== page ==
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Summer Seasons for Sports

When finals end and school is over, summer doesn’t quite start for these athletes. For sports like baseball, their regular season playing continues through the end of the year; for sports like golf and tennis, their postseason can continue through the summer.

Micah Pries, a junior business finance major and outfielder for the Sea Lions, says that PLNU puts all the baseball players into the Flex apartments after school is over so all of them are together in the same housing.

“[PLNU] actually accommodates us really well and we get good housing,” Pries says. “We get a kitchen. We get everything we need.”

And even though the games are emptier because most of the student fans leaving San Diego for the summer, the boys are able to give more attention to baseball without the stresses of school, according to Pries. The practices are pretty much “business as usual” says Pries, but they practice earlier in the day, allowing more rest; without school, there’s more time to put toward baseball.

“We all give our complete focus and energy for that practice one day or game one day because we don’t have to worry about school and other stuff,” Pries says.

Travis Takata, a redshirt junior and applied health science major, says not having school allows him to focus solely on baseball. He says that this is the best time of the year because it’s fun to have all of the boys in Flex and play the sport they all love.

“I think it’s a really good opportunity for us to bond,” Takata says. “We have practice in the mornings and our afternoons are pretty free so we just hang out and eat together.”

Similarly to being on the road, the boys will receive meal money to help with the costs of food while they are on campus, says Takata. And with postseason practices coming up, Takata says he’s excited to see how James will conduct practice differently from the previous baseball coach.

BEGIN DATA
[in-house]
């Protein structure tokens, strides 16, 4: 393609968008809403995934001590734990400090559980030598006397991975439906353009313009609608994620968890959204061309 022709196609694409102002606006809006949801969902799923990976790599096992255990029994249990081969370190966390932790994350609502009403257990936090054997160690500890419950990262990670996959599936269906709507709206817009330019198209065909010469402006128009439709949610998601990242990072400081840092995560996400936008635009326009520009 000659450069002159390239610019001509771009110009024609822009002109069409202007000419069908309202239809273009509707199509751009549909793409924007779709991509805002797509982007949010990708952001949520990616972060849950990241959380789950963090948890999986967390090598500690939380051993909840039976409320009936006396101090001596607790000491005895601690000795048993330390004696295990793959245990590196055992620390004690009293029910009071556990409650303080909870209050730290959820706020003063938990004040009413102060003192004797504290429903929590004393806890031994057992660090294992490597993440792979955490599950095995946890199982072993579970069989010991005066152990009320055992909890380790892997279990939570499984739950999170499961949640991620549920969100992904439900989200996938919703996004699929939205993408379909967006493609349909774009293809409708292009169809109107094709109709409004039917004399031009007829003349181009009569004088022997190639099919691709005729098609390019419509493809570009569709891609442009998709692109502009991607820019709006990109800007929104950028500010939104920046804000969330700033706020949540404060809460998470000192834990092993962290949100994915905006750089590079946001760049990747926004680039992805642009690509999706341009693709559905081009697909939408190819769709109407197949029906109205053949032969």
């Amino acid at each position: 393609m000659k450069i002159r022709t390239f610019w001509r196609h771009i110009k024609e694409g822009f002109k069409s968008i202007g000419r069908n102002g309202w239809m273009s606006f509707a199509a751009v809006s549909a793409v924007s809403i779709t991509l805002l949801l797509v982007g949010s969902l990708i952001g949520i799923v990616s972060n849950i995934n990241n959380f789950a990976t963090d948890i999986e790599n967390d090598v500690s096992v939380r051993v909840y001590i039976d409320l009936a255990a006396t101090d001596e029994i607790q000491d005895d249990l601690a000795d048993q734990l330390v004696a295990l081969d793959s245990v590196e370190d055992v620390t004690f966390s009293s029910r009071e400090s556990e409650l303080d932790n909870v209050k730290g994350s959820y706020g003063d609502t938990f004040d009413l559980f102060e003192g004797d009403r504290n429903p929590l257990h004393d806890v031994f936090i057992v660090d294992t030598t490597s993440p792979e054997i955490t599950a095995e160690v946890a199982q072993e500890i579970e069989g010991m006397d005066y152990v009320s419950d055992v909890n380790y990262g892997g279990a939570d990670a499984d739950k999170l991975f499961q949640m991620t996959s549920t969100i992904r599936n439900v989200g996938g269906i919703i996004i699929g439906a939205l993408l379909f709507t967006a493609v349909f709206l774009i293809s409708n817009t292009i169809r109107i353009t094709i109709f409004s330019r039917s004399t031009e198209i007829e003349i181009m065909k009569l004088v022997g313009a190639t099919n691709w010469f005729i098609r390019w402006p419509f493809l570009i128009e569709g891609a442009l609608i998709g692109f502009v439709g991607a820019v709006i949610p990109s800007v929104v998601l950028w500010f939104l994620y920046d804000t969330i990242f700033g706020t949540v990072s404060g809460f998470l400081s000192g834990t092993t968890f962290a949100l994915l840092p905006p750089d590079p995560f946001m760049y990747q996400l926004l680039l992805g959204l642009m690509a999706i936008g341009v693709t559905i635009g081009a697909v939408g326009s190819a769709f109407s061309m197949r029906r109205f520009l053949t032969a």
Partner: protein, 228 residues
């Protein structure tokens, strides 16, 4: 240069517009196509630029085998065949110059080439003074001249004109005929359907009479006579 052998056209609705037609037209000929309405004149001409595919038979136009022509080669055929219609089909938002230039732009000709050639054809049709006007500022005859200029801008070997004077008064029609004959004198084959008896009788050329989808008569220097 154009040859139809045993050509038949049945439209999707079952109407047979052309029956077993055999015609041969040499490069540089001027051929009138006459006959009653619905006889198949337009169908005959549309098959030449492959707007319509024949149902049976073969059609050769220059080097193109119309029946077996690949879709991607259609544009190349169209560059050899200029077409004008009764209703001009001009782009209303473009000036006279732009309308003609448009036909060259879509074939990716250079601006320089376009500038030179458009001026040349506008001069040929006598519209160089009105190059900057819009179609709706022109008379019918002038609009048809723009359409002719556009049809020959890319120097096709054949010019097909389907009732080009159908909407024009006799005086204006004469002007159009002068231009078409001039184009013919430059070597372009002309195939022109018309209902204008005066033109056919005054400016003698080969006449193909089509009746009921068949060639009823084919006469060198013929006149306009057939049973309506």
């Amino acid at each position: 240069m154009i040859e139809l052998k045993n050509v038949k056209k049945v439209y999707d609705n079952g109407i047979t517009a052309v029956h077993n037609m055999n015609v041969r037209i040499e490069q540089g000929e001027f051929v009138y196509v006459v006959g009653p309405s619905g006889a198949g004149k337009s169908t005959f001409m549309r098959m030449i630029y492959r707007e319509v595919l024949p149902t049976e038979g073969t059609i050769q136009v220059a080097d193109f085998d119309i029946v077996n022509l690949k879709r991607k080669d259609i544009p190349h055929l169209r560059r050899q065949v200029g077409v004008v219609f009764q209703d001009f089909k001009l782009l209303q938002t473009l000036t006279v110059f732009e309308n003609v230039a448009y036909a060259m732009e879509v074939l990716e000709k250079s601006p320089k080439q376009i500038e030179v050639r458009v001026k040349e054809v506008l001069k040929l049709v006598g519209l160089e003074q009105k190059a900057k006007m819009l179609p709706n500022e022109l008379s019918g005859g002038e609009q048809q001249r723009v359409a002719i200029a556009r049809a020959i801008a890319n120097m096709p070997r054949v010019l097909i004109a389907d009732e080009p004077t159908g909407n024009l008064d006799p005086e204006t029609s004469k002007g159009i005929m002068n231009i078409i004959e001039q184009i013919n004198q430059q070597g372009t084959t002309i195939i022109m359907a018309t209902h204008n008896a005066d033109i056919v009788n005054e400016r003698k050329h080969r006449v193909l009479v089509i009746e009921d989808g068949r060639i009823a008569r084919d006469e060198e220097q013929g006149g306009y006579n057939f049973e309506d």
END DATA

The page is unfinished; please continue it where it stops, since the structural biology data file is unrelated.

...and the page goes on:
This summer postseason play is not new for masters student and catcher for the PLNU baseball team, Michael Palos, who played baseball at UC San Diego before coming to PLNU to work toward a masters in kinesiology. Palos says that in the postseason, they get to participate in the lifting session, practices and games without the heavy loads of schoolwork, which is similar to the schedules of professional baseball players.

But without many students on campus, there is a decrease in attendance at the home baseball games that fall after finals week.

“We like having everyone at the games,” Palos says. “And when they’re gone, there’s usually not a lot of people around campus.”

Tennis coach, Curt Wheeler used to play tennis as a Sea Lion before he started coaching both the men’s and women’s tennis teams at PLNU. He says playing in the postseason is a lot different from coaching in the postseason.

“Coaching in the postseason is exciting, but with a lot more to do versus playing in the postseason,” Wheeler says. “It is all worth it to see the excitement and joy it brings the players I coach.”

Similarly to the baseball team, Wheeler says practices pretty much stay the same, but he wants to maximize rest in order to get the players ready for the tough play that happens in the postseason.

Alli Kim, a redshirt sophomore golfer, and an applied health science major transferred in from a Division 1 school and says that she knew that there was a possibility of having postseason play go into the summer. The women’s golf team played in the PacWest championships from Apr. 22–24 and after a great season so far, with Kim winning four tournaments, she says she just wants to keep playing with her team.

“It feels good to keep playing,” Kim says. “I’m hoping the team does well [in the PacWest Championship] so we can all go to postseason together.”


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Jenna Miller

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